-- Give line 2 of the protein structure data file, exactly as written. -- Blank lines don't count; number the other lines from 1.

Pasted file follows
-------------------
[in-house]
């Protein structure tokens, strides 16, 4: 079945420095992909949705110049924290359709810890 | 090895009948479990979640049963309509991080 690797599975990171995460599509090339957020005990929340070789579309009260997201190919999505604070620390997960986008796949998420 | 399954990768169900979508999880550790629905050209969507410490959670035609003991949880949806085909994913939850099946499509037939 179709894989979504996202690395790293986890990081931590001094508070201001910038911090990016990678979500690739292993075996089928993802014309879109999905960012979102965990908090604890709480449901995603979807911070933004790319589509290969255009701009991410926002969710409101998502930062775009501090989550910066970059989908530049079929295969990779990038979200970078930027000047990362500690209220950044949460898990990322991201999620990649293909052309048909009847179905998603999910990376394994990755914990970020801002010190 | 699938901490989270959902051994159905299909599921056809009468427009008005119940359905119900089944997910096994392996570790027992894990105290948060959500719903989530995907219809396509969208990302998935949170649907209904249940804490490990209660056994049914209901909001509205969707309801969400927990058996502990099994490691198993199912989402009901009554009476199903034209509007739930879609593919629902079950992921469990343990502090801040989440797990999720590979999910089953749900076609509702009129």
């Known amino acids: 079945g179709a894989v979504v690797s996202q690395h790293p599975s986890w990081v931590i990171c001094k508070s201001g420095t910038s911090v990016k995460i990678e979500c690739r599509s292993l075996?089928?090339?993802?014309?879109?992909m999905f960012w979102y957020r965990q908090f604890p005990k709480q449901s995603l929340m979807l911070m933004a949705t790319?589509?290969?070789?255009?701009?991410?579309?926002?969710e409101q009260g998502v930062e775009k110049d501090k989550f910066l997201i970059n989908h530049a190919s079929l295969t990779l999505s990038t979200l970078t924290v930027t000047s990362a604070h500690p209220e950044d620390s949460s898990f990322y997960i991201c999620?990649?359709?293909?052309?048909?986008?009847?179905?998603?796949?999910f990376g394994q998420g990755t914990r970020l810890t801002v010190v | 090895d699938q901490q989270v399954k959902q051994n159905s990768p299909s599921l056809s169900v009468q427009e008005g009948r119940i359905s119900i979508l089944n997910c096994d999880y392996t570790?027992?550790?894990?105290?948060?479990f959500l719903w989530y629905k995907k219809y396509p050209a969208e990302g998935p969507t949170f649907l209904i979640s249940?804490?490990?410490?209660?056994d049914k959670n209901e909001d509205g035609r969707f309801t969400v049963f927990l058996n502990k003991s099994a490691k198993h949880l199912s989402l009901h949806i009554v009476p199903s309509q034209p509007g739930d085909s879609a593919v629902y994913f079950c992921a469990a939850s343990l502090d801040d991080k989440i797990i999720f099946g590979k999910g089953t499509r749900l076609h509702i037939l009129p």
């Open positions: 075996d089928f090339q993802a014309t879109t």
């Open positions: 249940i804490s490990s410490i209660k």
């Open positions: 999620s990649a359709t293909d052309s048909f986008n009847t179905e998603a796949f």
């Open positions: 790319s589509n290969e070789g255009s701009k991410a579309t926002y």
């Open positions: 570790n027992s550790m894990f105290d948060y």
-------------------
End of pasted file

């Protein structure tokens, strides 16, 4: 079945420095992909949705110049924290359709810890 | 090895009948479990979640049963309509991080 690797599975990171995460599509090339957020005990929340070789579309009260997201190919999505604070620390997960986008796949998420 | 399954990768169900979508999880550790629905050209969507410490959670035609003991949880949806085909994913939850099946499509037939 179709894989979504996202690395790293986890990081931590001094508070201001910038911090990016990678979500690739292993075996089928993802014309879109999905960012979102965990908090604890709480449901995603979807911070933004790319589509290969255009701009991410926002969710409101998502930062775009501090989550910066970059989908530049079929295969990779990038979200970078930027000047990362500690209220950044949460898990990322991201999620990649293909052309048909009847179905998603999910990376394994990755914990970020801002010190 | 699938901490989270959902051994159905299909599921056809009468427009008005119940359905119900089944997910096994392996570790027992894990105290948060959500719903989530995907219809396509969208990302998935949170649907209904249940804490490990209660056994049914209901909001509205969707309801969400927990058996502990099994490691198993199912989402009901009554009476199903034209509007739930879609593919629902079950992921469990343990502090801040989440797990999720590979999910089953749900076609509702009129």